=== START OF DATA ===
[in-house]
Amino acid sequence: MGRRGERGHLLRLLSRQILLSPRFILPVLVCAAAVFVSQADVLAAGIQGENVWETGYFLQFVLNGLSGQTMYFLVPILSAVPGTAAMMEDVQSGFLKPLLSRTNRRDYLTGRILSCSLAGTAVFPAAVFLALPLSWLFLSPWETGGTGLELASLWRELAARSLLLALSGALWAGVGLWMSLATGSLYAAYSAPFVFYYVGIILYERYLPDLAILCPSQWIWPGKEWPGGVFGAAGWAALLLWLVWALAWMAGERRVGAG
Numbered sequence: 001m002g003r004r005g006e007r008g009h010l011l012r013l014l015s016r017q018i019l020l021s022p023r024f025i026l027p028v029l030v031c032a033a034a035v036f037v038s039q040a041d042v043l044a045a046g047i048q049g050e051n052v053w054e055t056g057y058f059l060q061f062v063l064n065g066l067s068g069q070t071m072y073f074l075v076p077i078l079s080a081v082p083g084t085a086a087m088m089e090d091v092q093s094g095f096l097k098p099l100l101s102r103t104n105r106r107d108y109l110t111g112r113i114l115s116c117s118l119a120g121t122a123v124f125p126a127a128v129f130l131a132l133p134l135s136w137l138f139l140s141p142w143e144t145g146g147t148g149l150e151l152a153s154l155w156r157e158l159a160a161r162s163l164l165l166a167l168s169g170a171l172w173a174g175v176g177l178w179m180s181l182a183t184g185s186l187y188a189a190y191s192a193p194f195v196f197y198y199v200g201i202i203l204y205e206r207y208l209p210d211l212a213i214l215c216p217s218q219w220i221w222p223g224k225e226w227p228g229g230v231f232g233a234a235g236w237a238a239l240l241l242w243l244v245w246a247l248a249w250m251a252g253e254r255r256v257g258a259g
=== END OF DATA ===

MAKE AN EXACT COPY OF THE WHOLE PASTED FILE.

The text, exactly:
[in-house]
Amino acid sequence: MGRRGERGHLLRLLSRQILLSPRFILPVLVCAAAVFVSQADVLAAGIQGENVWETGYFLQFVLNGLSGQTMYFLVPILSAVPGTAAMMEDVQSGFLKPLLSRTNRRDYLTGRILSCSLAGTAVFPAAVFLALPLSWLFLSPWETGGTGLELASLWRELAARSLLLALSGALWAGVGLWMSLATGSLYAAYSAPFVFYYVGIILYERYLPDLAILCPSQWIWPGKEWPGGVFGAAGWAALLLWLVWALAWMAGERRVGAG
Numbered sequence: 001m002g003r004r005g006e007r008g009h010l011l012r013l014l015s016r017q018i019l020l021s022p023r024f025i026l027p028v029l030v031c032a033a034a035v036f037v038s039q040a041d042v043l044a045a046g047i048q049g050e051n052v053w054e055t056g057y058f059l060q061f062v063l064n065g066l067s068g069q070t071m072y073f074l075v076p077i078l079s080a081v082p083g084t085a086a087m088m089e090d091v092q093s094g095f096l097k098p099l100l101s102r103t104n105r106r107d108y109l110t111g112r113i114l115s116c117s118l119a120g121t122a123v124f125p126a127a128v129f130l131a132l133p134l135s136w137l138f139l140s141p142w143e144t145g146g147t148g149l150e151l152a153s154l155w156r157e158l159a160a161r162s163l164l165l166a167l168s169g170a171l172w173a174g175v176g177l178w179m180s181l182a183t184g185s186l187y188a189a190y191s192a193p194f195v196f197y198y199v200g201i202i203l204y205e206r207y208l209p210d211l212a213i214l215c216p217s218q219w220i221w222p223g224k225e226w227p228g229g230v231f232g233a234a235g236w237a238a239l240l241l242w243l244v245w246a247l248a249w250m251a252g253e254r255r256v257g258a259g